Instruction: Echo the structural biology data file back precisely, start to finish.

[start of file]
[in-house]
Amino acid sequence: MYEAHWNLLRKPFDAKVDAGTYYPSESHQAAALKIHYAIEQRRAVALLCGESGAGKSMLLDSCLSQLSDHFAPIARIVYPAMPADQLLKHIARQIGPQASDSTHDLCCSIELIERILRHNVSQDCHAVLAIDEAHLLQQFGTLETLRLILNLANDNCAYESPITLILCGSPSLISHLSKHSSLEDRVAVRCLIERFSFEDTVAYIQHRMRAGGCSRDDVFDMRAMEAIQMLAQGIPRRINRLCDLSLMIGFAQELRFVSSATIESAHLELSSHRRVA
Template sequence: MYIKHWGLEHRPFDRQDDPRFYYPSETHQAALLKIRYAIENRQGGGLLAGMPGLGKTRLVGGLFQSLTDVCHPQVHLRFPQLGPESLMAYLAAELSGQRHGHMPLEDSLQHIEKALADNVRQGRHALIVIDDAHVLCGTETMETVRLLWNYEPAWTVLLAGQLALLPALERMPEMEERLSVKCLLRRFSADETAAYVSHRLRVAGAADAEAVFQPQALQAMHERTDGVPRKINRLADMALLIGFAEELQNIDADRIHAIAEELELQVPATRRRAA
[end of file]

[in-house]
Amino acid sequence: MYEAHWNLLRKPFDAKVDAGTYYPSESHQAAALKIHYAIEQRRAVALLCGESGAGKSMLLDSCLSQLSDHFAPIARIVYPAMPADQLLKHIARQIGPQASDSTHDLCCSIELIERILRHNVSQDCHAVLAIDEAHLLQQFGTLETLRLILNLANDNCAYESPITLILCGSPSLISHLSKHSSLEDRVAVRCLIERFSFEDTVAYIQHRMRAGGCSRDDVFDMRAMEAIQMLAQGIPRRINRLCDLSLMIGFAQELRFVSSATIESAHLELSSHRRVA
Template sequence: MYIKHWGLEHRPFDRQDDPRFYYPSETHQAALLKIRYAIENRQGGGLLAGMPGLGKTRLVGGLFQSLTDVCHPQVHLRFPQLGPESLMAYLAAELSGQRHGHMPLEDSLQHIEKALADNVRQGRHALIVIDDAHVLCGTETMETVRLLWNYEPAWTVLLAGQLALLPALERMPEMEERLSVKCLLRRFSADETAAYVSHRLRVAGAADAEAVFQPQALQAMHERTDGVPRKINRLADMALLIGFAEELQNIDADRIHAIAEELELQVPATRRRAA